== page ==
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Whitewater Rafting
Levels & Classifications

Whitewater Rafting Levels of Difficulty

All rivers are rated on a "class" scale to help you determine the size and technicality of the whitewater. Many are in search of more moderate whitewater - simply to relax and soak up the beauty of the scenery. Others are looking for a more intense whitewater. Regardless of your choice, be assured that Western has one of the best safety records in the industry. Western's exclusive J-Rig raft provides accessibility for first-time rafters on even the largest whitewater rapids in Grand Canyon and Cataract Canyon, Utah.

Note that the "class" scale was introduced after many of the rapids in Grand Canyon had already been rated. Learn more about that below.

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Interpreting the standard class I - VI whitewater rafting levels:

Whitewater levels infographic
Desolation Canyon, Green River

​CLASS I RAPIDS »

Moving water with small waves that tug at the boat in a downstream flow - it's a relaxing way to spend the day. Rafting trips on class I whitewater are generally labeled as "scenic float trips". Most rivers have stretches of calm Class I water, creating a pleasant break between larger rapids.

See: Best Trips for Beginners

Desolation Canyon, Green River

CLASS II RAPIDS »

Easy rapids to navigate, generally broad sections of water moving fast enough to create 1 - 3 foot whitecaps. These are waves that are readily seen amidst broad channels that can be spotted without scouting the route from the shoreline. Some maneuvering is required during to keep boat headed straight into each approaching wave.

  • Onion Creek Rapid, Cloudburst, Rocky Rapid (Colorado River near Moab, Utah)

See: Southwest Sampler

Middle Fork, Idaho

CLASS III RAPIDS »

Waves up to 4 or 5 feet tall that will crash over the bow. Currents (hydraulics) will feel stronger, possibly channeling between brief narrow passages such as boulders or cliff wall. Boats will shimmy and jolt with the increased punch of these larger waves, but generally the jolt is brief, with calmer and wider recovery area below each obstacle or wave. Plenty of excitement and fun with a guide at the helm! Non-guided rafters can find themselves in trouble in Class III rapids.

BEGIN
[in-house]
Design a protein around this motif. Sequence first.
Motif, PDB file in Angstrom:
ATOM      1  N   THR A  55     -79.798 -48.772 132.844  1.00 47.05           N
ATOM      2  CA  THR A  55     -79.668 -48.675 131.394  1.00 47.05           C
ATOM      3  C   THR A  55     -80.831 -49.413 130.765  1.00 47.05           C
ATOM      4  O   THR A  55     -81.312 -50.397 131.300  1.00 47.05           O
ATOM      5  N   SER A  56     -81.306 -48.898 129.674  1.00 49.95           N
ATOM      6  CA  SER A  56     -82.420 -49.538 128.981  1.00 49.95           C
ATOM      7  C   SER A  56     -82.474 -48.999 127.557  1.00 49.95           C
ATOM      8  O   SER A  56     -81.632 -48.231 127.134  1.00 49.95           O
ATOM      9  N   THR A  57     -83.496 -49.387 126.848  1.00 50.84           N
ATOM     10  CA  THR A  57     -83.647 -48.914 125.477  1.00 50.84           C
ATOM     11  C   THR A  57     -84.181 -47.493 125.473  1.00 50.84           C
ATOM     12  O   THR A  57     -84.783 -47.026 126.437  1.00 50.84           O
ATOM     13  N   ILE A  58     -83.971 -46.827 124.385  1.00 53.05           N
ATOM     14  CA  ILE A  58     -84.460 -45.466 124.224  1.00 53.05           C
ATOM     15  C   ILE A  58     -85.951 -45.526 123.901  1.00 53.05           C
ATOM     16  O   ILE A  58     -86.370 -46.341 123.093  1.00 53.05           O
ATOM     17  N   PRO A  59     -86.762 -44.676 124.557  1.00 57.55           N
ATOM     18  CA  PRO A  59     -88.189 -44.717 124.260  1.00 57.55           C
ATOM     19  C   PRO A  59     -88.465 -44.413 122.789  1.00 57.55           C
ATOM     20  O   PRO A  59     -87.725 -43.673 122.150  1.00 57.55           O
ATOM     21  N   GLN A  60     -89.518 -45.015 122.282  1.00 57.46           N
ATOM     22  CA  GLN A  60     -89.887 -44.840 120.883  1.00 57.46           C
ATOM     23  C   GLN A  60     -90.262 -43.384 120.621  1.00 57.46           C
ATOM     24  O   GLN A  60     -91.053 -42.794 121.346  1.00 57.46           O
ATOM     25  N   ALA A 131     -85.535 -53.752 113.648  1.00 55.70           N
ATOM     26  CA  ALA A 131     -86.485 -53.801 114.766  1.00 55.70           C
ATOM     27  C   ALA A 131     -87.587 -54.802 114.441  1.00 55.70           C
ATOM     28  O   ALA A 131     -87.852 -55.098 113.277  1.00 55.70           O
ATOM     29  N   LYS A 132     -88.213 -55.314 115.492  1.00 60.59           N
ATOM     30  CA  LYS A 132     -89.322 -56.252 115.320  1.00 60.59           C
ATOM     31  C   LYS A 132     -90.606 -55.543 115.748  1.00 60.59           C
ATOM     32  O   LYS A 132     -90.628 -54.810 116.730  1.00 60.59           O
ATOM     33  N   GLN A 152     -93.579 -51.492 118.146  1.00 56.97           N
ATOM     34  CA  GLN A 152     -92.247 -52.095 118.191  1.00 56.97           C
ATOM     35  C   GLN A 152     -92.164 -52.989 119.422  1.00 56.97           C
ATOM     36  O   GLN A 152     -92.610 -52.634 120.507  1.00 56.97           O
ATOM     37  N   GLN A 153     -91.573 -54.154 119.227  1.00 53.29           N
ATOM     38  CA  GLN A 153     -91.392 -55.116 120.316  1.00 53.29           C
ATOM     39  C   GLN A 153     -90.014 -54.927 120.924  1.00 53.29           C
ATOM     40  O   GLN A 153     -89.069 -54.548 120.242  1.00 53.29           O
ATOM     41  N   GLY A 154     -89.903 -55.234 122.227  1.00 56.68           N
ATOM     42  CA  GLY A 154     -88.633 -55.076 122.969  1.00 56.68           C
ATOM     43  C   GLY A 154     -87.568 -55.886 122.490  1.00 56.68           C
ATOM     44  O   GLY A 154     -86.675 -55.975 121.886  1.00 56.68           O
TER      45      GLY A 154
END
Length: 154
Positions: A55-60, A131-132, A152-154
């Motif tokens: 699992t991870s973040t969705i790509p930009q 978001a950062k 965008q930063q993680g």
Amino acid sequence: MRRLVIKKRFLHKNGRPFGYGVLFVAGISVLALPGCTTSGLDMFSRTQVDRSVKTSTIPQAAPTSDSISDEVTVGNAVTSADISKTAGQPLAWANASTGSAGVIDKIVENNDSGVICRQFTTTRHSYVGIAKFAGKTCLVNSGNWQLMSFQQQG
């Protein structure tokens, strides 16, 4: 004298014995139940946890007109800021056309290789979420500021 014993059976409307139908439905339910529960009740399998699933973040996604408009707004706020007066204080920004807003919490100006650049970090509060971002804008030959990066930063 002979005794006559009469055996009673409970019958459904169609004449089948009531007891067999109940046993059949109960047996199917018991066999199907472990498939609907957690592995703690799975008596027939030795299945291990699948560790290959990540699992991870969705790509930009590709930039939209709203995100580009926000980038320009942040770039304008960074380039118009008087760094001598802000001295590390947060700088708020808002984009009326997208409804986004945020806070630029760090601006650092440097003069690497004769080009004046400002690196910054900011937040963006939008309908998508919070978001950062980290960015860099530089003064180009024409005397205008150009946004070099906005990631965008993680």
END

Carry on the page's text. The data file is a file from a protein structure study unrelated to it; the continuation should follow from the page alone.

• Cow Swim Rapid, Three Fords Rapid (Desolation Canyon Utah, Green River)
  • Marble Canyon, Big Hummer, Staircase, Funnel Falls, Bowling Alley, Sock-it-to-me, Last Chance - (Westwater Canyon, Colorado River near Moab, Utah)
  • Mile Long, Ben Hurt (Cataract Canyon, Utah, Colorado River near Moab, Utah)

See: Desolation Canyon

Cataract Canyon, Colorado River

CLASS IV RAPIDS »

Larger waves, narrow passages and multiple obstacles to avoid, which require precise maneuvering to avoid upset. These rapids tend to be longer, steeper and more "technical" which translates to turns, spins and lateral moves across the current.

  • Skull Rapid (Westwater Canyon, Colorado River near Moab, Utah
  • Big Drop 2, Big Drop 3/Satan's Gut (Cataract Canyon, Utah, Colorado River near Moab, Utah)
  • IV+ Sockdalager, Hance, Granite, Horn, Dubendorff, Upset (Grand Canyon, Colorado River)

See: Cataract Canyon

Cataract Canyon, Colorado River

CLASS V RAPIDS »

Another deserved level up from Class IV rapids, these look different (bigger and more intense). Expect vertical drops, strong currents, big waves, boulders and holes large enough to flip or hold boats in their more powerful hydraulics.